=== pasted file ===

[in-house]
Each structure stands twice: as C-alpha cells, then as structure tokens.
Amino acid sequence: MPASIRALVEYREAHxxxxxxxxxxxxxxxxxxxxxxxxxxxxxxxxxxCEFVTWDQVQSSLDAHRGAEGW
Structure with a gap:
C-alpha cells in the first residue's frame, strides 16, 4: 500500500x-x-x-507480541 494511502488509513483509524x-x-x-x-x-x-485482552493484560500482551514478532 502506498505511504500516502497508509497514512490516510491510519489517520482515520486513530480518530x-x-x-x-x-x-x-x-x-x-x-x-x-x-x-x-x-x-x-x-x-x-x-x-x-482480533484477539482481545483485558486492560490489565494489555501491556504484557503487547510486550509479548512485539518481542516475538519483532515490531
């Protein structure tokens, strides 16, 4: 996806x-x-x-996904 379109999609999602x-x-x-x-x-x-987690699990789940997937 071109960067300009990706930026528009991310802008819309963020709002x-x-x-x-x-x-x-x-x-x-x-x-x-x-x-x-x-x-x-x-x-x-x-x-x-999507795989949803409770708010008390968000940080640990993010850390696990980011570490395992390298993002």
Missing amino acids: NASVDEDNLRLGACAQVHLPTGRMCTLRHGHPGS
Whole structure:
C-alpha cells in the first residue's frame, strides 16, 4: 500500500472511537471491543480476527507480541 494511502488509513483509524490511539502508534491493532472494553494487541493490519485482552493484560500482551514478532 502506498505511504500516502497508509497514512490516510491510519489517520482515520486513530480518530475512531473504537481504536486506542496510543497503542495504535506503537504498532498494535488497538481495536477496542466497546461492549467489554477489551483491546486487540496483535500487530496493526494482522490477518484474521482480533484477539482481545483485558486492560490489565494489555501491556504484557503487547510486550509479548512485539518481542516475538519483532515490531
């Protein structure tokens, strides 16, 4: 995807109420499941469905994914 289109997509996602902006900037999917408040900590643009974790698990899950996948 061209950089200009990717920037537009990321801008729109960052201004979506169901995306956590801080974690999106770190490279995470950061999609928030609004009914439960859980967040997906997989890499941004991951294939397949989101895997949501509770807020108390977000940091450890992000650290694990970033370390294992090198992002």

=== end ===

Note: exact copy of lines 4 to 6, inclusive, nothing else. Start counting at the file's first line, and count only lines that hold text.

Structure with a gap:
C-alpha cells in the first residue's frame, strides 16, 4: 500500500x-x-x-507480541 494511502488509513483509524x-x-x-x-x-x-485482552493484560500482551514478532 502506498505511504500516502497508509497514512490516510491510519489517520482515520486513530480518530x-x-x-x-x-x-x-x-x-x-x-x-x-x-x-x-x-x-x-x-x-x-x-x-x-482480533484477539482481545483485558486492560490489565494489555501491556504484557503487547510486550509479548512485539518481542516475538519483532515490531
């Protein structure tokens, strides 16, 4: 996806x-x-x-996904 379109999609999602x-x-x-x-x-x-987690699990789940997937 071109960067300009990706930026528009991310802008819309963020709002x-x-x-x-x-x-x-x-x-x-x-x-x-x-x-x-x-x-x-x-x-x-x-x-x-999507795989949803409770708010008390968000940080640990993010850390696990980011570490395992390298993002």